Big Theories Revisited 2
Gregory Arief D. Liem, Dennis M. McInerney
IAP - Information Age Publishing, Incorporated, 2018 - Education - 439 pages
Students' school motivation and engagement are key contributors to the quality of their academic learning and performance, as well as growth in other important areas of life (social, emotional, and physical health). Fostering motivation and engagement is thus a meaningful educational purpose, both in and of itself and as a pathway to holistic student development. However, motivation and engagement do not develop in a vacuum, and effort seeking to facilitate them cannot be effectively pursued without understanding their underpinning sociocultural influences. In the first edition of this volume, "Big Theories Revisited" (McInerney & Van Etten, 2004), authors of major models of school motivation and engagement were 'challenged' to look into their theoretical work through a sociocultural lens. The volume has been well received as objectively reflected in the number of citations of its chapters.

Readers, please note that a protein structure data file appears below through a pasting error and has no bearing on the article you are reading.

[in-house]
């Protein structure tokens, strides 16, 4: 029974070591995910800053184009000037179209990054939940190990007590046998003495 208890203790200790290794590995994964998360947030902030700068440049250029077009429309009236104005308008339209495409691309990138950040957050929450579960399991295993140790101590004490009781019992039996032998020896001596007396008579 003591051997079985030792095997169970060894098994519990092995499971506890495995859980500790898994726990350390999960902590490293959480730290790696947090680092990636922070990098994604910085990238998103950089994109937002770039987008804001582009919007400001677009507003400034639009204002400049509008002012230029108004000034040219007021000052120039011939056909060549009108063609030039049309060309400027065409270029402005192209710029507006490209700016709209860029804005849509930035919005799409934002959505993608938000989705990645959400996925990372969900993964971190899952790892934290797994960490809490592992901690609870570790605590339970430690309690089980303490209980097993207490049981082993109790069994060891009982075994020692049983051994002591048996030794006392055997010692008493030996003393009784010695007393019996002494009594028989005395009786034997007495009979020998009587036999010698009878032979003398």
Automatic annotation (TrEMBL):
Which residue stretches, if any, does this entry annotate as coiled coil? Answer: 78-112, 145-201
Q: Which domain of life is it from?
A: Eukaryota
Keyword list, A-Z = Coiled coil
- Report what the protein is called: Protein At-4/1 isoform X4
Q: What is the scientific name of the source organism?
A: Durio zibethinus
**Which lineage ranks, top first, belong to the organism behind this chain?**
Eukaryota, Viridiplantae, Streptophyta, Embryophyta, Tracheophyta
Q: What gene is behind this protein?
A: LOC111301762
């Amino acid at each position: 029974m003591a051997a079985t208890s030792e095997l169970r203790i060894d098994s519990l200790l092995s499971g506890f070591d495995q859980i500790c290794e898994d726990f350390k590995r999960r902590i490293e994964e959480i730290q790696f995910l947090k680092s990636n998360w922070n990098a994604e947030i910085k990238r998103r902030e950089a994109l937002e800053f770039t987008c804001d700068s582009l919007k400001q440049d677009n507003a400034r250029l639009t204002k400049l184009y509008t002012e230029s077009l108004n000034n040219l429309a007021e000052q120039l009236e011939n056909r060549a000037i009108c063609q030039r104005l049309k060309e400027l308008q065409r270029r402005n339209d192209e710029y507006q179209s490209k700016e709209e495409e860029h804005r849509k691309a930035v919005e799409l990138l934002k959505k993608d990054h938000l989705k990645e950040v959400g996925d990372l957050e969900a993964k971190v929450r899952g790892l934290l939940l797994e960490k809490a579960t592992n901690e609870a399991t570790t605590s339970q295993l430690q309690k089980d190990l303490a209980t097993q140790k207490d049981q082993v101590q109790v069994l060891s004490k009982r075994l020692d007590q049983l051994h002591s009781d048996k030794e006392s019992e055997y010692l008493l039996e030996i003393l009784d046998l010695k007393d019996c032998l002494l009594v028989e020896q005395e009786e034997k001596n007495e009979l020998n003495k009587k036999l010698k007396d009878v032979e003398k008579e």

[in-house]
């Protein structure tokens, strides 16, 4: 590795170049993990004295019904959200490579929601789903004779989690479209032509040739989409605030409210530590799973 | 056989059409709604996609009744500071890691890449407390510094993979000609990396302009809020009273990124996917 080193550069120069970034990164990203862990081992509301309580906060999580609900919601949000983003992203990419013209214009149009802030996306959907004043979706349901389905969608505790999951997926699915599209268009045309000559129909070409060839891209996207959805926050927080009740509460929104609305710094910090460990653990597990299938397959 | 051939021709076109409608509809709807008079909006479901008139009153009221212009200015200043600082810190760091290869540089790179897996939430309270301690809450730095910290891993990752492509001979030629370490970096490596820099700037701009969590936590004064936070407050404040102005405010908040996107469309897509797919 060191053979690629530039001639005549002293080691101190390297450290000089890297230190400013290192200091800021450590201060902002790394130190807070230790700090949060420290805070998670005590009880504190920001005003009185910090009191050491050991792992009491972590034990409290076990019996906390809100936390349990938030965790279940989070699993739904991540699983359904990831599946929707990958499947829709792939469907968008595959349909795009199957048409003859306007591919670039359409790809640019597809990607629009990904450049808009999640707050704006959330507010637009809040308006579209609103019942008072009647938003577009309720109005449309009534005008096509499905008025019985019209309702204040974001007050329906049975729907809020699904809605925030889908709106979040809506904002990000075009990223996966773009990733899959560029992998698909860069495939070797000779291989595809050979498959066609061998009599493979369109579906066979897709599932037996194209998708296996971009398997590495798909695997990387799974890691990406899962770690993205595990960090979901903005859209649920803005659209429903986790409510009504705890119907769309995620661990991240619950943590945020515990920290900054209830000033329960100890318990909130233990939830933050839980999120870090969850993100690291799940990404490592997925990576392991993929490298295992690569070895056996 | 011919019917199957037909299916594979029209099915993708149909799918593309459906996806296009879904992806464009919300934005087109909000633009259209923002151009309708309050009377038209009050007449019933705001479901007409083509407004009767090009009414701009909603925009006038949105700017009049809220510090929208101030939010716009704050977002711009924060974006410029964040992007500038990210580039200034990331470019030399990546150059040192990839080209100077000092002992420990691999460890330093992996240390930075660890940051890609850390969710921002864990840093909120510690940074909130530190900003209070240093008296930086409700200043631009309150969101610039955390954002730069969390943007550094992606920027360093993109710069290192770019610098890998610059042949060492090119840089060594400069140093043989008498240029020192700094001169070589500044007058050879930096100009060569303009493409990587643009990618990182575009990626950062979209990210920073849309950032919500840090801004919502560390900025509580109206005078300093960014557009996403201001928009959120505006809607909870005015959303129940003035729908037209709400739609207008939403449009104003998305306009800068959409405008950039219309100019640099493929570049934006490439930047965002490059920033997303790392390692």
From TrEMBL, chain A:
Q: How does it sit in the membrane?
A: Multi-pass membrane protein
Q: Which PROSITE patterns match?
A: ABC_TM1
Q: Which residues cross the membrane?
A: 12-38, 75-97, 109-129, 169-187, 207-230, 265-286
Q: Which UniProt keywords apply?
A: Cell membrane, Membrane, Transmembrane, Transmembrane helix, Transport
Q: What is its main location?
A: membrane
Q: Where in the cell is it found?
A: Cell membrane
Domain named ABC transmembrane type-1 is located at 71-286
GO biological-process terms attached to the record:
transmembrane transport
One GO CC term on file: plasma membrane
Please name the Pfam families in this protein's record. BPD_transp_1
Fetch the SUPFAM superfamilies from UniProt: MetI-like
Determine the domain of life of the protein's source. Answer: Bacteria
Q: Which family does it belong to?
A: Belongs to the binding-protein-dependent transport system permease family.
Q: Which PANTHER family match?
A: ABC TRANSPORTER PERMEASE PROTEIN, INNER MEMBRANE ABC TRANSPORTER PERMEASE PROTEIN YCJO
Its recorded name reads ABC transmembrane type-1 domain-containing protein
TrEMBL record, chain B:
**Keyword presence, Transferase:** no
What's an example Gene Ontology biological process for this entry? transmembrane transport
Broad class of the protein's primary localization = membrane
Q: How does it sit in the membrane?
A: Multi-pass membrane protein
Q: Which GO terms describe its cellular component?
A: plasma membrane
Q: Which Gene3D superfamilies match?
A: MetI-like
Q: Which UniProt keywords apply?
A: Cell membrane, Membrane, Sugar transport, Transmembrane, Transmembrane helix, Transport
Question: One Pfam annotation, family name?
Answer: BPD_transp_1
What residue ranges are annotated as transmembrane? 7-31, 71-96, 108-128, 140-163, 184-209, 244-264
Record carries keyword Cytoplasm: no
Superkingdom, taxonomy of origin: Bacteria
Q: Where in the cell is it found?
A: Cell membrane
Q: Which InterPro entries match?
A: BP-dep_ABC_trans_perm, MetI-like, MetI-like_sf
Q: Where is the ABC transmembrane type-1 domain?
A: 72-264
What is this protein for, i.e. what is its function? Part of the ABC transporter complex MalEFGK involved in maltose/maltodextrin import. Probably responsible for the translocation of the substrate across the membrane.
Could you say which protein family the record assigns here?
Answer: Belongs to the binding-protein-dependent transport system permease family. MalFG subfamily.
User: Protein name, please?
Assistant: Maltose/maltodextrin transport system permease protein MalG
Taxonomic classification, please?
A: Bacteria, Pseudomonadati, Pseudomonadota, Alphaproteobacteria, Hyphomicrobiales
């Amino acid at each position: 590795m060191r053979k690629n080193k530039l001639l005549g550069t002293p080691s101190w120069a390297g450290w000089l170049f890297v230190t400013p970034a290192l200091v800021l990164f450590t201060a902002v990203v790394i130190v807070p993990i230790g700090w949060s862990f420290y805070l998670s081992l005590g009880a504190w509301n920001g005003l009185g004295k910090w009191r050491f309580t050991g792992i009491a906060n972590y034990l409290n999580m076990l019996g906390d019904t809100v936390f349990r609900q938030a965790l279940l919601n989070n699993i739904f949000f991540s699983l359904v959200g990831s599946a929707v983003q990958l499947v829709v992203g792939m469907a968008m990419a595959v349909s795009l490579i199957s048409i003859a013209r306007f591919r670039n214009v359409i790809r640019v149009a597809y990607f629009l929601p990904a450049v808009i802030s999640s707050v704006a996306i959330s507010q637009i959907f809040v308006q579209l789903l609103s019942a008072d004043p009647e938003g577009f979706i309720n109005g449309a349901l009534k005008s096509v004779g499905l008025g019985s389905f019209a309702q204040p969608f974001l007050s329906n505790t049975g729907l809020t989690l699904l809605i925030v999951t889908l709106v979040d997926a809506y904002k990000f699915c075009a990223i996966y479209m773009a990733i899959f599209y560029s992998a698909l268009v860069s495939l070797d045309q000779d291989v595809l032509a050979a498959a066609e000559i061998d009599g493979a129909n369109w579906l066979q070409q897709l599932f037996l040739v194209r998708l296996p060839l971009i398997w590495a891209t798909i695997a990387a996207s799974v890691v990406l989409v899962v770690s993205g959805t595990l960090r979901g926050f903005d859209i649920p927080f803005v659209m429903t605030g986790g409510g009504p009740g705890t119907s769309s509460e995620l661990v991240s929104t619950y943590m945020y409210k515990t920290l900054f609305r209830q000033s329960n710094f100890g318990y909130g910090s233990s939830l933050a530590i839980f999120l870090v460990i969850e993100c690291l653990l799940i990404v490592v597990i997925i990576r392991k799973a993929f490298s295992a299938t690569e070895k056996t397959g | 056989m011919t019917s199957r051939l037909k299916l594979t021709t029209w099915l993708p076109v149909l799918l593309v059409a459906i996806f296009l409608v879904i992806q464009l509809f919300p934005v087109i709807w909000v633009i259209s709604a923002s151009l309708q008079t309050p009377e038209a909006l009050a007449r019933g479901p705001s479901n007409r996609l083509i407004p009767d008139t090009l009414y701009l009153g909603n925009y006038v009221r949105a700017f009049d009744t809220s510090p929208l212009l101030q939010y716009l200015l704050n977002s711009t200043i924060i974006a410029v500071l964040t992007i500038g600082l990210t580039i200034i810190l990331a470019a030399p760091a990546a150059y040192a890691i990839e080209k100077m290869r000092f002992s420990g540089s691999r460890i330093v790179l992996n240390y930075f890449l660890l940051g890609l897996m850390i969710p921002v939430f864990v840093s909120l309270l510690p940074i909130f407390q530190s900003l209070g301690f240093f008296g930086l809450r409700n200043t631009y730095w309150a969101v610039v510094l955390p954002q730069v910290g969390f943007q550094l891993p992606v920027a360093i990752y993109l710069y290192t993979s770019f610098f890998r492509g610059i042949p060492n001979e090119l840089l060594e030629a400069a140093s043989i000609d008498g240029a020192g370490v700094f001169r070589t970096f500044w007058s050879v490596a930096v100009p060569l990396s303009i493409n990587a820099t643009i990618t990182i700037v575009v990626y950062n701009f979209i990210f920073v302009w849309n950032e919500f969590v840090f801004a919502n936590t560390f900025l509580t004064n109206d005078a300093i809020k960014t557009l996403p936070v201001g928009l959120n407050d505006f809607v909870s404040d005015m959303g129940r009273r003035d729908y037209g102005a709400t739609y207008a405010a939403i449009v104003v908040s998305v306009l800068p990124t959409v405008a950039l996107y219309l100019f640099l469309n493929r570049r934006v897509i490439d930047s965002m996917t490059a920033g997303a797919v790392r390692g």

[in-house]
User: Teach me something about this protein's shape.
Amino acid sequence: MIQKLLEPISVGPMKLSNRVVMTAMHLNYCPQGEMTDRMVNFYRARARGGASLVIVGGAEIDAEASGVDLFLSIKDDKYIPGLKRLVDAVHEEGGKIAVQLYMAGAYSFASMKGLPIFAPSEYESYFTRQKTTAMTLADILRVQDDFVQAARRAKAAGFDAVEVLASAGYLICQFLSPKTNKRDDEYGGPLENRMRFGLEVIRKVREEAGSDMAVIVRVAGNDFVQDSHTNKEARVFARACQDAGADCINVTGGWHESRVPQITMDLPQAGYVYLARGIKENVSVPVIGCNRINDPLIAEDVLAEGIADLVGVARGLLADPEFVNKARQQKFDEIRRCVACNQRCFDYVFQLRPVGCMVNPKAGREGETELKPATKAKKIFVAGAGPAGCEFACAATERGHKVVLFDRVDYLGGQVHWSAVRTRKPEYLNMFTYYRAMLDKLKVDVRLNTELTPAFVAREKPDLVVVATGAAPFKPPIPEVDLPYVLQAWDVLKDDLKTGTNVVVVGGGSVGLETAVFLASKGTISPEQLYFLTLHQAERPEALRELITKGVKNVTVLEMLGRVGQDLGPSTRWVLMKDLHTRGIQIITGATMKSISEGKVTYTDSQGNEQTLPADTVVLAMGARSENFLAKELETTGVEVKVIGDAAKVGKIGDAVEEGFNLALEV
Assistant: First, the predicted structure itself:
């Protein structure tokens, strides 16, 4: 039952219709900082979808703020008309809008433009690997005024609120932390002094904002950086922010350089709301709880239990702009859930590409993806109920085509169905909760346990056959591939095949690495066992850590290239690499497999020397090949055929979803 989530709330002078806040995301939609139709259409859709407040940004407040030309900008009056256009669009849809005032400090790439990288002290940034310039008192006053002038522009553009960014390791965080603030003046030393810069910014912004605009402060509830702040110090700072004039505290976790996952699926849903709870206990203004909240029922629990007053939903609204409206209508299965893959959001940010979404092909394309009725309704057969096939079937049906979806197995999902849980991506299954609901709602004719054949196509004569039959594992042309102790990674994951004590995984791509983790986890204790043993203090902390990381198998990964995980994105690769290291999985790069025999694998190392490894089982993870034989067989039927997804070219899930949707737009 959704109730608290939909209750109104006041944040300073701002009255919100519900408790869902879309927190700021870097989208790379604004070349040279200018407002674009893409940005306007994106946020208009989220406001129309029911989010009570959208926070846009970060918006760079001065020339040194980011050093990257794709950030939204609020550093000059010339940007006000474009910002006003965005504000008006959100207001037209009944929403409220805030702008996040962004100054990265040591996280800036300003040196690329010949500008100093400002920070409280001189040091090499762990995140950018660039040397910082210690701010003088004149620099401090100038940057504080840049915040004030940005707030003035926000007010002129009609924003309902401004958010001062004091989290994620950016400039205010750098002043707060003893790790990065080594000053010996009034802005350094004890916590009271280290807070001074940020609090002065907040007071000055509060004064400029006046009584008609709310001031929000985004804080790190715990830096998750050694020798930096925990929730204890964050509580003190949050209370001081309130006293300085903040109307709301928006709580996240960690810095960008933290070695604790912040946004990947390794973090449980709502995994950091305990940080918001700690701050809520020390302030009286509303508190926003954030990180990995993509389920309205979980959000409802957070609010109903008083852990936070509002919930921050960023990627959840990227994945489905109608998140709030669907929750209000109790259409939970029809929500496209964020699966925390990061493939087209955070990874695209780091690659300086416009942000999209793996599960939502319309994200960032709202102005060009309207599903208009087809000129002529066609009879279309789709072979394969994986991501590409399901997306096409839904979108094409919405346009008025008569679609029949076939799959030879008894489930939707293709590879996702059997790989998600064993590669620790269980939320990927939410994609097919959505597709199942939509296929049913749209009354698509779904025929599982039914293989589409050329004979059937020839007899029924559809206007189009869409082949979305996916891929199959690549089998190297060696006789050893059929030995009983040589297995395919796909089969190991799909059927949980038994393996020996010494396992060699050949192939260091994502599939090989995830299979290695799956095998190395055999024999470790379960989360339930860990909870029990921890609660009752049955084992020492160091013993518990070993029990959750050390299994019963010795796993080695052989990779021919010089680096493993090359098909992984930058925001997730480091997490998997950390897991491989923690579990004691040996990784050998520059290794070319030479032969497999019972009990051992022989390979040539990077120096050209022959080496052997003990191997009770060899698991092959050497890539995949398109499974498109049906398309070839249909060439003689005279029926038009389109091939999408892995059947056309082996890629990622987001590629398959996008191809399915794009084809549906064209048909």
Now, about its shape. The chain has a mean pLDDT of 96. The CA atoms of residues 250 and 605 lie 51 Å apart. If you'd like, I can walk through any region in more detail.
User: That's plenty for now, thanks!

Significant progress has since been made in the theorizing and research of 'big theories' of school motivation and engagement. In this volume, we invited a group of internationally-renowned scholars to re-examine their theoretical and conceptual work by highlighting the 'what' (factors) and 'how' (processes) of sociocultural influences in association with the key motivation and/or engagement construct(s) of their expertise. We made it clear to our contributors that we solicited new chapters rather than chapters with merely rehashed materials. As a result, this volume, "Big Theories Revisited 2" (Liem & McInerney, 2018) contains chapters that critically discuss sociocultural influences on school motivation and engagement constructs as viewed from focal theories including self-determination theory, achievement goal theory, personal investment theory, expectancy-value theory, self-efficacy theory, self- and co-regulated learning models, and many others. Whereas some of the chapter topics covered in the initial edition are also part of this edition, some are new and provide fresh sociocultural angles on achievement-relevant processes and outcomes. Likewise, whereas some of the authors contributed to the earlier edition of the Volume, many of them are different. What appears to be the same across the two editions is the scholarly distinction of the authors and the substantive rigor of the chapters in advancing our current understanding of this field of enquiry. Readers will learn much from and be inspired by stimulating ideas presented in this volume.